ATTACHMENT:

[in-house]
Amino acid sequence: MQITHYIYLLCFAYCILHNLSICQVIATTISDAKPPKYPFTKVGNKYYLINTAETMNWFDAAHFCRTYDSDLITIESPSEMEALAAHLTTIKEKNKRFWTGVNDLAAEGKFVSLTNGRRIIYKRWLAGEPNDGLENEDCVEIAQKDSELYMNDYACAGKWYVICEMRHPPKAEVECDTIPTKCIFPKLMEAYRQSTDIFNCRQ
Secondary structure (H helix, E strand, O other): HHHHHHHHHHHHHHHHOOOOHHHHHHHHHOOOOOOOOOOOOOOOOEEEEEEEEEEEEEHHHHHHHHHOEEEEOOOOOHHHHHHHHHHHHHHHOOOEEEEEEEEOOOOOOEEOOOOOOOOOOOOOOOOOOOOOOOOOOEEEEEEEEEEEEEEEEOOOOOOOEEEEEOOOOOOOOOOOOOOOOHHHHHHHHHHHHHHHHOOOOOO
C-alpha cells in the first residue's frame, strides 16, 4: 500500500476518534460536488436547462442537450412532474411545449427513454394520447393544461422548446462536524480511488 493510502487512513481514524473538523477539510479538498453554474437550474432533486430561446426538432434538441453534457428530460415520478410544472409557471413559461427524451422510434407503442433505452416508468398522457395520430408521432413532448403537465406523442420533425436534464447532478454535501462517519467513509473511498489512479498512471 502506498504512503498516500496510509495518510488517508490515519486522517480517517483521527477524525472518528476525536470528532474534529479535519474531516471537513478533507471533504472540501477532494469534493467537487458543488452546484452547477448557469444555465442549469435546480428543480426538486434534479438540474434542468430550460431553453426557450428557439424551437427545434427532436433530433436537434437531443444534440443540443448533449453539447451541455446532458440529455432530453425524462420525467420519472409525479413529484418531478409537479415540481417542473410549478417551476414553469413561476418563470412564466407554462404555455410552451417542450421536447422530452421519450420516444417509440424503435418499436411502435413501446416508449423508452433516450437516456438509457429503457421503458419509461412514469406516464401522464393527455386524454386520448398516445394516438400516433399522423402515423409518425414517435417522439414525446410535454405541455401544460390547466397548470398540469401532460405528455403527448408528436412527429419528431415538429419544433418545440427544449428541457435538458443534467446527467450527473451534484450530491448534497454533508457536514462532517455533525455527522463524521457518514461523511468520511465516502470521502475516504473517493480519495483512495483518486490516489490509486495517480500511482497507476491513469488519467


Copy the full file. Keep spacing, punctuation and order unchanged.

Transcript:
[in-house]
Amino acid sequence: MQITHYIYLLCFAYCILHNLSICQVIATTISDAKPPKYPFTKVGNKYYLINTAETMNWFDAAHFCRTYDSDLITIESPSEMEALAAHLTTIKEKNKRFWTGVNDLAAEGKFVSLTNGRRIIYKRWLAGEPNDGLENEDCVEIAQKDSELYMNDYACAGKWYVICEMRHPPKAEVECDTIPTKCIFPKLMEAYRQSTDIFNCRQ
Secondary structure (H helix, E strand, O other): HHHHHHHHHHHHHHHHOOOOHHHHHHHHHOOOOOOOOOOOOOOOOEEEEEEEEEEEEEHHHHHHHHHOEEEEOOOOOHHHHHHHHHHHHHHHOOOEEEEEEEEOOOOOOEEOOOOOOOOOOOOOOOOOOOOOOOOOOEEEEEEEEEEEEEEEEOOOOOOOEEEEEOOOOOOOOOOOOOOOOHHHHHHHHHHHHHHHHOOOOOO
C-alpha cells in the first residue's frame, strides 16, 4: 500500500476518534460536488436547462442537450412532474411545449427513454394520447393544461422548446462536524480511488 493510502487512513481514524473538523477539510479538498453554474437550474432533486430561446426538432434538441453534457428530460415520478410544472409557471413559461427524451422510434407503442433505452416508468398522457395520430408521432413532448403537465406523442420533425436534464447532478454535501462517519467513509473511498489512479498512471 502506498504512503498516500496510509495518510488517508490515519486522517480517517483521527477524525472518528476525536470528532474534529479535519474531516471537513478533507471533504472540501477532494469534493467537487458543488452546484452547477448557469444555465442549469435546480428543480426538486434534479438540474434542468430550460431553453426557450428557439424551437427545434427532436433530433436537434437531443444534440443540443448533449453539447451541455446532458440529455432530453425524462420525467420519472409525479413529484418531478409537479415540481417542473410549478417551476414553469413561476418563470412564466407554462404555455410552451417542450421536447422530452421519450420516444417509440424503435418499436411502435413501446416508449423508452433516450437516456438509457429503457421503458419509461412514469406516464401522464393527455386524454386520448398516445394516438400516433399522423402515423409518425414517435417522439414525446410535454405541455401544460390547466397548470398540469401532460405528455403527448408528436412527429419528431415538429419544433418545440427544449428541457435538458443534467446527467450527473451534484450530491448534497454533508457536514462532517455533525455527522463524521457518514461523511468520511465516502470521502475516504473517493480519495483512495483518486490516489490509486495517480500511482497507476491513469488519467